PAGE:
PACS Helps a Community Hospital Stay Competitive

At Exeter Hospital, in Exeter, N.H., Lisa Martinelli, PACS administrator, and Michael Murphy, MD, radiologist, demonstrate the ease of reviewing an MRI exam with stacked images on the IMPAX workstation versus sorting through a multitude of x-ray films lining the wall.You don’t have to work in a large hospital to take full advantage of enterprise-wide PACS. Exeter Hospital, a 100-bed community hospital in Exeter, N.H., is thriving proof of how smaller, community hospitals can afford and benefit from PACS by streamlining workflow and increasing department and staff efficiency.

By installing Agfa HealthCare IMPAX version 5.2 and IMPAX for Cardiology combined with web-based PACS, physicians and technologists at Exeter attained a more streamlined facility, prevented the loss of x-ray films, saved storage space, eliminated chemical processing of film and the cost of film, and were able to access images from all modalities in one place, at any time.

Managing rising image volume

This community hospital caters to a large summer population in southern New Hampshire and northern Massachusetts, and parts of southern Maine. The year-round population is also growing and aging, contributing to a surge in imaging procedures each year. During the time that they were still debating whether to purchase PACS, they saw imaging volume grow from 41,600 imaging studies in 1998 to 47,400 a year later, and by 2000, the hospital completed 52,000 imaging studies — showing a 25 percent increase over two years. In 2006, after Agfa IMPAX had been installed for three years, they performed approximately 88,000 radiology exams.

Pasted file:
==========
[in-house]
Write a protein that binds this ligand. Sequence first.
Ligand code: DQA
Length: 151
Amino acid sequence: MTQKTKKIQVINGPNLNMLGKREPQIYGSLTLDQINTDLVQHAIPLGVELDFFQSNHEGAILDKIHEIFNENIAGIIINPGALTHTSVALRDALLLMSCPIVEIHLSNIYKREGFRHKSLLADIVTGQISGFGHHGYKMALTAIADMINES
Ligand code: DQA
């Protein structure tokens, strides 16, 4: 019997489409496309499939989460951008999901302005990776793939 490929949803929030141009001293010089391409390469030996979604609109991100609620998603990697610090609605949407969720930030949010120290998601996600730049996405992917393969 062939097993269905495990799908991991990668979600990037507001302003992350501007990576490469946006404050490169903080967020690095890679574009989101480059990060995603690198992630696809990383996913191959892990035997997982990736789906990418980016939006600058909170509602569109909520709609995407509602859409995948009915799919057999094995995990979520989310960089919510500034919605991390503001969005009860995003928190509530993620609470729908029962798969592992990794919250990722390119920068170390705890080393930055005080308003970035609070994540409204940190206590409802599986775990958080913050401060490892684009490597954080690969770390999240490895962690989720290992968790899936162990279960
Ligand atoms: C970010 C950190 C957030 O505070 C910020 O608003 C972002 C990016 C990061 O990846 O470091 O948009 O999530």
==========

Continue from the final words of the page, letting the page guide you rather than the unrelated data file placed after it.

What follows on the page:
“In the late ‘90s, we realized that the growth within our communities was continuously increasing,” says Lisa Martelli, PACS system administrator at Exeter. To manage the increase in population and exam volume, in 1999 the hospital began planning a multiphase expansion which included a new building at the front of the main hospital that would offer outpatient services including the women’s imaging center for ultrasound, x-ray and mammography, out-patient radiation oncology, medical oncology, endoscopy, and surgical services. That split the diagnostic imaging department between two different sections on opposite ends of the hospital. Physicians and radiologists were concerned about how they would handle going back and forth between the two separate departments for image distribution. “That led to the discussion of PACS,” Martelli says. “We knew with the expansion of the hospital and the increase in our volume, we would need to revise our workflow to continue offering excellent customer service by providing our patients and physicians with results in a timely fashion.”

Exeter also was running out of storage space due to increased exam volume and larger image studies for CT and MRI. “It used to be chaos.” Martelli recounts, “Pre-PACS, we had x-ray jackets stored in many different rooms. Films had the potential to be misfiled and not readily available upon request.”

Pre-planning PACS execution

To resolve these issues, a PACS development team began to discuss an enterprise-wide PACS solution, which meant that all digital images from radiology and cardiology would be available in any hospital location via PACS. In 2001, David Briden, Exeter Hospital’s vice president and CIO, met with the facility’s CEO, CFO, and board of trustees to propose the plan. Upon approval, Martelli began the year-long process of researching vendors and attending radiology shows to find a system that would meet their needs. They were initially interested in eight vendors and invited them to Exeter hospital for presentations. The PACS team then narrowed it down to three vendors and asked each vendor to conduct a hands-on workshop to demo their systems to physicians and staff. After the demonstrations, the field was narrowed to two vendors. The PACS team then hit the road on site visits to facilities of similar demographics that were using the system.